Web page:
When public information isn’t public or free

Are subway maps the private property of the subway system? According to the New York Metropolitan Transit Authority, I guess they are: this from the AP – Subway Authorities Eye IPod-Friendly Maps

It seemed like such a great idea: digitally shrink maps of major subway systems and put them online so people can download them to their iPods for free.
Tens of thousands of people have downloaded maps from http://www.ipodsubwaymaps.com since Web designer and blogger William Bright, 27, created it in early August.
San Francisco and New York City officials were less enthusiastic.
A lawyer for the Metropolitan Transportation Authority sent Bright a terse “cease and desist” letter in mid-September demanding he immediately remove the New York City subway map from his Web site.
. . .
An MTA lawyer sent Bright an e-mail Thursday offering him a one-year license to distribute the maps for free, as long as he promises to update them regularly. The catch: The MTA wants a licensing fee of $500.

$500 to get access to the subway map? What ever happened to the idea that public information should be available to the public? Maybe MTA next will want to put a screen in front of the maps and charge a quarter to look at it — like those old binoculars at tourist sites.
At least BART had a better rationale for wanting to maintain some control over the information:

BART’s chief complaint with Bright’s maps was that they didn’t reflect changes made to the transit system’s route alignment earlier this month.

Our information policy needs to separate the principle of control for accuracy from the need for rent-seeking ownership to create financial incentives. The purpose of conventional copyright is both. Rent-seeking is part and parcel of control.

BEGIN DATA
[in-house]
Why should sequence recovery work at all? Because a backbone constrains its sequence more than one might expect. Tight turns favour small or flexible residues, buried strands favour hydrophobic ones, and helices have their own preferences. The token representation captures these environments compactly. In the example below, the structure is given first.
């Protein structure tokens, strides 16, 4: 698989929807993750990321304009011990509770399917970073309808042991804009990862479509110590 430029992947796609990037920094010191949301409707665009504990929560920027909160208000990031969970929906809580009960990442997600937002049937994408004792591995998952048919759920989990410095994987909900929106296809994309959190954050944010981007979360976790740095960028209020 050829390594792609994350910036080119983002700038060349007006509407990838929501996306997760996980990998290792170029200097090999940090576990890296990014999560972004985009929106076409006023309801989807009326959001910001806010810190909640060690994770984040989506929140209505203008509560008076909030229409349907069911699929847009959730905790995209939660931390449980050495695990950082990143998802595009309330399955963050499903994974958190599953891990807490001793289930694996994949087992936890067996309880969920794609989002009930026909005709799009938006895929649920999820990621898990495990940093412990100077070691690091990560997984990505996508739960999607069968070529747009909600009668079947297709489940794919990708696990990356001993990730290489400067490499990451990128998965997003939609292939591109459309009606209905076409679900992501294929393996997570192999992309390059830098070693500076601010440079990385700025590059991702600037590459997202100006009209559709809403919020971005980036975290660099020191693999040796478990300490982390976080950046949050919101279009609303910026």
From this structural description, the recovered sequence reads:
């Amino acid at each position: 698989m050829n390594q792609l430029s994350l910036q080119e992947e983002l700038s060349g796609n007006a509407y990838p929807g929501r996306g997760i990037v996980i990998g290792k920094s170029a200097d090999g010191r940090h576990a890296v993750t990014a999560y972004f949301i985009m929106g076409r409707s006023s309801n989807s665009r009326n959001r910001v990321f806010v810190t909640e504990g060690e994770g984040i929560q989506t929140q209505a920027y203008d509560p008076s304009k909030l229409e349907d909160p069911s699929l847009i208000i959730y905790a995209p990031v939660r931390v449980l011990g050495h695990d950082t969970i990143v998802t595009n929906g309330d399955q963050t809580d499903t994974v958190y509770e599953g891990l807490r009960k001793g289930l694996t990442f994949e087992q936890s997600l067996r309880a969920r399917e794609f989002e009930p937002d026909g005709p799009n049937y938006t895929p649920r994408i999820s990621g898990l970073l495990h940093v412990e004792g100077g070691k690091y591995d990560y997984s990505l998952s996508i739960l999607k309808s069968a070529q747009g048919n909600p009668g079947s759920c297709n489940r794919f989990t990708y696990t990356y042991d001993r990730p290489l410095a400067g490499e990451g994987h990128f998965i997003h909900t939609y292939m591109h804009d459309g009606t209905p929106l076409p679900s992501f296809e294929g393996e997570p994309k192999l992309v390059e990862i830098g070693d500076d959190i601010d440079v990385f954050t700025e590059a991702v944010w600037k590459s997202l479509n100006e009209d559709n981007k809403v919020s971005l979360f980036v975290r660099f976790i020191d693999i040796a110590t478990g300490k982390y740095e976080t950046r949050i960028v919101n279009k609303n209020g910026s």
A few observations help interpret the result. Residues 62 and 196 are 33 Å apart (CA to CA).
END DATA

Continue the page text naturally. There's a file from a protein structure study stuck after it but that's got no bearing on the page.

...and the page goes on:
However, an alternative model — the Creative Commons copyright system — allows a separation of the two. For example, this blog operates under the Creative Commons license. It allows me control over who gets to use this for what purposes – and attempts to ensure that appropriate attribution is given. That allows me to exercise some form of quality control. But since this blog is not sustained though royalties, under this system I have waived some of my rights for financial returns, if the information is used for non-commercial purposes.
Maybe the nation’s subway system should put their maps into the Creative Commons. Had they done so, it might have saved everyone a lot of aggravation.


One thought on “When public information isn’t public or free”

  1. At least the Washington Metro system gets it – according to the Washington Post story Lost Underground? Check Your IPod:
    Metro spokeswoman Lisa Farbstein said the agency is happy to let people access their maps in a way that’s most convenient. “We want people to know how to get from one place to another on our system,” she said. “If someone wants to put a map on their iPod, that’s fine.”


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